What is Alternative data? Alternative data is defined as data collected from new sources such as satellites or sensors, or used in new ways
And readers can now probably see the parallels. Alternative data, defined as data collected from new sources such as satellites or sensors, or used in new ways, has been around for a long time, picking up pace in the middle of the last decade. But 2018 was its major label moment, as NASDAQ purchased alternative data pioneer Quandl and almost 400 alternative data providers competed in the space.
Indeed, Quandl’s Alternative Data Conference in February 2019, which Suburbia will be attending, is titled “The race to be first is over”. The question is what comes next, and I believe the music industry has three important lessons for everyone.
1. Expect the Majors to Muscle in
Seattle post-Nirvana saw a flood of attention from major record labels, giving greater attention to bands like Alice in Chains or Pearl Jam. Others were met with less commercial success, like Nirvana precursors the Melvins or Tad. Similarly, Quandl was not the only alternative data provider to be purchased, with 7Park being bought by Vista Equity Partners in December.
In theory this influx of capital benefits everyone, by giving smaller players more resources, the bigger players more market control, and end users easier access to new platforms.
In reality, I see upsides and downsides. The influx of capital has only just begun, and by 2020 expect smart investments to bring today’s alternative data startups to the next level of success. On the downside, there will be major players who overpay to establish presence in a crowded market.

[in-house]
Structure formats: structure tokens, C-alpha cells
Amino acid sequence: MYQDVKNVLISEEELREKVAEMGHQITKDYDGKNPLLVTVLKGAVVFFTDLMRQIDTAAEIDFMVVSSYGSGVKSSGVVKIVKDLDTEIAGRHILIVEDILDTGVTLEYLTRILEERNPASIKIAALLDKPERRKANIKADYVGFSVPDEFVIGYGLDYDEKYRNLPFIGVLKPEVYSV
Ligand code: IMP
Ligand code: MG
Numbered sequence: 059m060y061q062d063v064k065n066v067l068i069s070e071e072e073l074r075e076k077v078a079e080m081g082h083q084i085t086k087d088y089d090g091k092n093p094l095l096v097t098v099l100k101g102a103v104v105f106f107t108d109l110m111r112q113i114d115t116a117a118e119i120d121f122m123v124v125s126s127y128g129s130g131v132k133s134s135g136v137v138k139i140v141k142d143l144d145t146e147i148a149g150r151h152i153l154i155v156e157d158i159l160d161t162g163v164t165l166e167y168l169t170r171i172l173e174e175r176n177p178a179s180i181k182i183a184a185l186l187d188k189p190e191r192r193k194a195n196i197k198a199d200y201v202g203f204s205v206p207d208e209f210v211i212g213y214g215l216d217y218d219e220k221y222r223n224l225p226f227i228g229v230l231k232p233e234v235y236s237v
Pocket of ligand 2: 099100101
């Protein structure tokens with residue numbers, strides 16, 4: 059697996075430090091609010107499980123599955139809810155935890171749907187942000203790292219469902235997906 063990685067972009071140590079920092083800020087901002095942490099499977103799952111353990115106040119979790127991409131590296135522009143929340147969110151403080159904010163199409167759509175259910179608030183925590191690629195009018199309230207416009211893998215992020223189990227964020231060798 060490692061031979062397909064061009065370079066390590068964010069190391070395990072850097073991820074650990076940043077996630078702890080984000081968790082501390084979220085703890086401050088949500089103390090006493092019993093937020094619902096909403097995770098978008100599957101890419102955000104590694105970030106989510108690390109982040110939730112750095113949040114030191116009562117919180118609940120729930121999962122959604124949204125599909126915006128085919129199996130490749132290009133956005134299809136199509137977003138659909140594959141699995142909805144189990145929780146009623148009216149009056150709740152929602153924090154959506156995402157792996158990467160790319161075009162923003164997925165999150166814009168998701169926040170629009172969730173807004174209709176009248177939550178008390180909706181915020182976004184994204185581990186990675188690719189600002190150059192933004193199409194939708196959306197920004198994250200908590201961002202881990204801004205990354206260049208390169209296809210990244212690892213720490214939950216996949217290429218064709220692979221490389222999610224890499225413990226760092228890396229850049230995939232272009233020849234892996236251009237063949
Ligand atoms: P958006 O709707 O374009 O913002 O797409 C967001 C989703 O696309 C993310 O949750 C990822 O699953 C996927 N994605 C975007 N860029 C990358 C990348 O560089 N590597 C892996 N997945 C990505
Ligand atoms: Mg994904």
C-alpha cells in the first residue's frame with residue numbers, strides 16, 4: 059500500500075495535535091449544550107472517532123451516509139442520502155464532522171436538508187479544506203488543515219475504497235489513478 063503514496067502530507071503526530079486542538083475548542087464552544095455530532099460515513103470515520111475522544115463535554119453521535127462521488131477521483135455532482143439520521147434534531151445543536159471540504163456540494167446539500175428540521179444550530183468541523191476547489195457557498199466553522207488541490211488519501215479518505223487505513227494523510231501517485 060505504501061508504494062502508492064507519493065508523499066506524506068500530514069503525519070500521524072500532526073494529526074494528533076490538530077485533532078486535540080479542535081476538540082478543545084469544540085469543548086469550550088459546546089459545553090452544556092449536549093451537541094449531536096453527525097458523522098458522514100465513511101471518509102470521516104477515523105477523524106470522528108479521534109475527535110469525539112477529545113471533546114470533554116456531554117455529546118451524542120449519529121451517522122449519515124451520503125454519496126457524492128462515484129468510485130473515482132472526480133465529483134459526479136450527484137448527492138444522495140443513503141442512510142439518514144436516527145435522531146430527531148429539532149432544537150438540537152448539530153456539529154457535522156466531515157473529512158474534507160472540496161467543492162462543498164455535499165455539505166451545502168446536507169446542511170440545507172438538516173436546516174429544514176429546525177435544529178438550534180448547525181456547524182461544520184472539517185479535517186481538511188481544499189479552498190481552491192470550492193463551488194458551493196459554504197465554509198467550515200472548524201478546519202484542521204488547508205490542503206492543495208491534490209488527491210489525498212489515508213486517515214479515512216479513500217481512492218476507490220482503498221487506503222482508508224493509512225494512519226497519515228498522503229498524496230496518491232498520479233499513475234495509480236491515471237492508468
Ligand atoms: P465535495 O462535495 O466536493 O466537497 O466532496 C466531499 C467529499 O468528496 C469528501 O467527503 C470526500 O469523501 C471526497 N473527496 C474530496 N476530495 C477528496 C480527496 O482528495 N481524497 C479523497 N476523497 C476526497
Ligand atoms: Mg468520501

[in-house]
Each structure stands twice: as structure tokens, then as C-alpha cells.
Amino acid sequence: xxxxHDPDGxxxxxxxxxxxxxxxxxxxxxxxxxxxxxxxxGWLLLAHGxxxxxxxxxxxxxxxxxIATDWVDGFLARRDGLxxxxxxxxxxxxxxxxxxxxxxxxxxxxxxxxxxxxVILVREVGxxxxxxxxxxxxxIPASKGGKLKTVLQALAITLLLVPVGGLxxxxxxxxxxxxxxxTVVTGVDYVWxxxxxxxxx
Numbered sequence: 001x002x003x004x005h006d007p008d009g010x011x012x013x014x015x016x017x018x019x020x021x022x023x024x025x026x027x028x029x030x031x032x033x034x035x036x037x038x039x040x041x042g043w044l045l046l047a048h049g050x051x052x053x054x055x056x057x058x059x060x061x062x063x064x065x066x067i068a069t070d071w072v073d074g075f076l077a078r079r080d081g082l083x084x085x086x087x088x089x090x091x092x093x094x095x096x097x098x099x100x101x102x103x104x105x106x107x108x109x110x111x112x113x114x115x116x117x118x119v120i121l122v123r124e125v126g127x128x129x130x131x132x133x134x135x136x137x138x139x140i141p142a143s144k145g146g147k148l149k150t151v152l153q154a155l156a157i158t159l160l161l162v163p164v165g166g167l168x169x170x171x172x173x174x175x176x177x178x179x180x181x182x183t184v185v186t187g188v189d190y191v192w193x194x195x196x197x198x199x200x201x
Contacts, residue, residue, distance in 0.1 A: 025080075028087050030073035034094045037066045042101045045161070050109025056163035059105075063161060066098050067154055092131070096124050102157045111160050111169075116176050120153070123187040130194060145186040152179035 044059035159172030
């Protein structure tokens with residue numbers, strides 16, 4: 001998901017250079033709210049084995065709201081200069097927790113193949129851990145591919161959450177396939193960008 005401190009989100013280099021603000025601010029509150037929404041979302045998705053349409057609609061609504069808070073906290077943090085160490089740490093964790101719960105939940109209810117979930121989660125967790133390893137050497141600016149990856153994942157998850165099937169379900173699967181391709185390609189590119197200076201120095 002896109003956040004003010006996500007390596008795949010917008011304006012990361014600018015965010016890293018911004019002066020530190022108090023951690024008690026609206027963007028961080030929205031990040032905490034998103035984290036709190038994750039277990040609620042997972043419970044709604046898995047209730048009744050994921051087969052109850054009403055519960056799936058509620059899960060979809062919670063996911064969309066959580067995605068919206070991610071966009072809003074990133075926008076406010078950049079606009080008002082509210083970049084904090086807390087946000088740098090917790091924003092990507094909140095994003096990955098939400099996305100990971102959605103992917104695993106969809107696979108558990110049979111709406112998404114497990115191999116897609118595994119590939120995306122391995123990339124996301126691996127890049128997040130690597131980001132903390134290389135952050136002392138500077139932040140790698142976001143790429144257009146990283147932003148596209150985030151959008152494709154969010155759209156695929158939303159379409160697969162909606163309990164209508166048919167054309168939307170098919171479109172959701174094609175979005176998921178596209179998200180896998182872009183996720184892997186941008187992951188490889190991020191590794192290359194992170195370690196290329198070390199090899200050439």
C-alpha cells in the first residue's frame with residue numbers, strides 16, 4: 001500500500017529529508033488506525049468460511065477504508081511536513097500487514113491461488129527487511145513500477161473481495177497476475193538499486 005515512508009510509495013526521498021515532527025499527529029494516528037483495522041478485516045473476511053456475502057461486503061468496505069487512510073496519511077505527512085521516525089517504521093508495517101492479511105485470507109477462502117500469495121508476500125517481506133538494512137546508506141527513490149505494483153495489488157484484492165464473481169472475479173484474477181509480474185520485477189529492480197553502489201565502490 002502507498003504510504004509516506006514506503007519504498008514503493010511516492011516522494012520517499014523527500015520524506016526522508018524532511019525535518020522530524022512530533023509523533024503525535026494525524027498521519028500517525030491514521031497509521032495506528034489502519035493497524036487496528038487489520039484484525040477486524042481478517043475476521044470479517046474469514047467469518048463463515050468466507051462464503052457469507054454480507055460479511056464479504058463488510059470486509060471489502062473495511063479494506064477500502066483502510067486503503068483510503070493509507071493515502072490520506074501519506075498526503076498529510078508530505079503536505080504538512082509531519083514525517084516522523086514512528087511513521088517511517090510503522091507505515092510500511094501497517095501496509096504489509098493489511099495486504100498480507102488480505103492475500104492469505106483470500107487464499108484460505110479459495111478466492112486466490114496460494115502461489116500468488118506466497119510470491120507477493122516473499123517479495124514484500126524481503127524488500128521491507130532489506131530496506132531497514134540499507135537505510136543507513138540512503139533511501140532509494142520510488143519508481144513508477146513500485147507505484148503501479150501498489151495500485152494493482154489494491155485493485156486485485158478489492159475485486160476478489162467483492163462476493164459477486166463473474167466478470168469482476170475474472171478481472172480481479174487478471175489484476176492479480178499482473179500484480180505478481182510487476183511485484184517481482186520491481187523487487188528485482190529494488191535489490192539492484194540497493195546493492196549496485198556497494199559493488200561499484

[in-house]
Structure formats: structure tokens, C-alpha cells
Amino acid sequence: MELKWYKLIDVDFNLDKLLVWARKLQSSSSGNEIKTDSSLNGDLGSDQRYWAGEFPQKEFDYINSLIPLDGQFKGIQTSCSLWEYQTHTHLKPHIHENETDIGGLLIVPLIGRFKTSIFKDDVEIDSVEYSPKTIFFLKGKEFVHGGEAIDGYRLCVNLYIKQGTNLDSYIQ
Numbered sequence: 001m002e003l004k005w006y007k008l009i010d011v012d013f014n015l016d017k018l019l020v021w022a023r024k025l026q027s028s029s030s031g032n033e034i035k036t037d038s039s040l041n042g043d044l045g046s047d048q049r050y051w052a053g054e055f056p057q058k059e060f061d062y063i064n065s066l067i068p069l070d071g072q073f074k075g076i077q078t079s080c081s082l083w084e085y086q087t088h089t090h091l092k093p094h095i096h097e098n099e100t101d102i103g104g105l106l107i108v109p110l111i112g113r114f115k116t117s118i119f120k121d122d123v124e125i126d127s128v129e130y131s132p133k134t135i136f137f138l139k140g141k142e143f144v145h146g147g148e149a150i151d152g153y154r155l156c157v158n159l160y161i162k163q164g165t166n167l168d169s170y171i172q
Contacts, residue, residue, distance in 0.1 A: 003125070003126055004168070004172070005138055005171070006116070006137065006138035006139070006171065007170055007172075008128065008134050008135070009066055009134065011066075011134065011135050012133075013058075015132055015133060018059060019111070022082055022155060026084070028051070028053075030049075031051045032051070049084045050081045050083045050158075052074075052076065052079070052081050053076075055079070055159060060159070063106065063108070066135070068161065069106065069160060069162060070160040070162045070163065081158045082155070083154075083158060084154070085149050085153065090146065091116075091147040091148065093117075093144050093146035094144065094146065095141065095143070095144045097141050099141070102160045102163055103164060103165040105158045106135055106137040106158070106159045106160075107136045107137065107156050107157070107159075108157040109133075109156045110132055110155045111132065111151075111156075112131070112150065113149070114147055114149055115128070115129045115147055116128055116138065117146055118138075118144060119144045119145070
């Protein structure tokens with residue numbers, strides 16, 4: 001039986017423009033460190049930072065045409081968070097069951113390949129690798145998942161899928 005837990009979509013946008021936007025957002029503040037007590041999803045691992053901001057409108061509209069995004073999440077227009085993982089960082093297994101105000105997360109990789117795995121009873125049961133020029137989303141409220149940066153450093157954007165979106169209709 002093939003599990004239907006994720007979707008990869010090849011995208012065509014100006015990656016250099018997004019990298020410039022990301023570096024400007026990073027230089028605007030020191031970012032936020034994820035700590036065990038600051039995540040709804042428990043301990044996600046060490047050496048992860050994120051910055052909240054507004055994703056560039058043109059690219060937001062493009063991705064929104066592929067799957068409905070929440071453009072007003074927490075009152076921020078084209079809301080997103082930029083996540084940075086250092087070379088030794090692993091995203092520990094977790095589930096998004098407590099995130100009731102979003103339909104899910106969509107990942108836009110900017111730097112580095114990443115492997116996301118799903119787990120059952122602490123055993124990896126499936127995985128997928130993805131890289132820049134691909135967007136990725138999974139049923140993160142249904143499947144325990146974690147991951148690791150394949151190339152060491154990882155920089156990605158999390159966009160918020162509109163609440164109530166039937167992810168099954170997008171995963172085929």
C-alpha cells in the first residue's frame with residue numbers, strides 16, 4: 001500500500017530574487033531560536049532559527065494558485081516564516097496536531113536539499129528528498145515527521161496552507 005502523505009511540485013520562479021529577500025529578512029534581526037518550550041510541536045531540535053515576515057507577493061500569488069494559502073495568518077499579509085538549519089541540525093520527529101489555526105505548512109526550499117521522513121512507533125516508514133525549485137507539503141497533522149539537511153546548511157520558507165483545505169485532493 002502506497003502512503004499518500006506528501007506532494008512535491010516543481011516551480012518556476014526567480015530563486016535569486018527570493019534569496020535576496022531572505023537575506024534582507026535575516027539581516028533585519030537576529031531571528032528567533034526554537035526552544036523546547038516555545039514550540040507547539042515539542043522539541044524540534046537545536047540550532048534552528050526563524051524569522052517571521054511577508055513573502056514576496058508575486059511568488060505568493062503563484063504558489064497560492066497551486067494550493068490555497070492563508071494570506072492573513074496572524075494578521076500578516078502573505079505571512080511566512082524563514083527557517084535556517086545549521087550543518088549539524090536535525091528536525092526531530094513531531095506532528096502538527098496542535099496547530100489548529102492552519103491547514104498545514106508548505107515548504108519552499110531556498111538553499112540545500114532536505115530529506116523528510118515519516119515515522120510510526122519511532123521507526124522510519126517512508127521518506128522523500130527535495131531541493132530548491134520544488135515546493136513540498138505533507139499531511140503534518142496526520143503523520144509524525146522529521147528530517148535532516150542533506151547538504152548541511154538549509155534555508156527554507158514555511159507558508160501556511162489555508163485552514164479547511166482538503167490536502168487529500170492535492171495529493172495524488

But don’t worry, the incumbents have the money to lose and are not going anywhere – Guns N’ Roses still sell out stadiums, and Bloomberg and Thomson Reuters’ Eikon will remain Wall Street fixtures. They just won’t have the field to themselves anymore.
2. New players will be distributed globally
The Pacific Northwest is considered the birthplace of grunge but by no means its only home. New York’s Gumball came from the opposite coast, The Smashing Pumpkins hailed from Illinois, Bush from across the Atlantic in London and Silverchair across the Pacfic flew the grunge flag in Australia.
Alternative data has similarly been an East Coast play, with Toronoto’s Quandl focusing on the hedge fund crowd in Connecticut and the banks in New York. But there is a growing field internationally, with Eagle Alpha, one of the industry’s earliest and most influential players, based in Ireland and Suburbia headquartered in Amsterdam.
Asia remains under-served, with some firms including IHS Markit having a presence, but the heavy hand of government-linked corporations creates headwinds for independent measurements and verification. Regardless, it is a matter of time before alternative data users and suppliers are truly global.
3. Nothing will be the same
Grunge as a genre began to fade by the mid-90’s, with Nirvana’s last album In Utero released in 1993 and the band dissolving the next year. Mother Love Bone’s tenure was even shorter, breaking apart before their first album was released. Even bands who stayed together changed their sound, with Pearl Jam’s 1996 album No Code turning towards ballads and garage rock.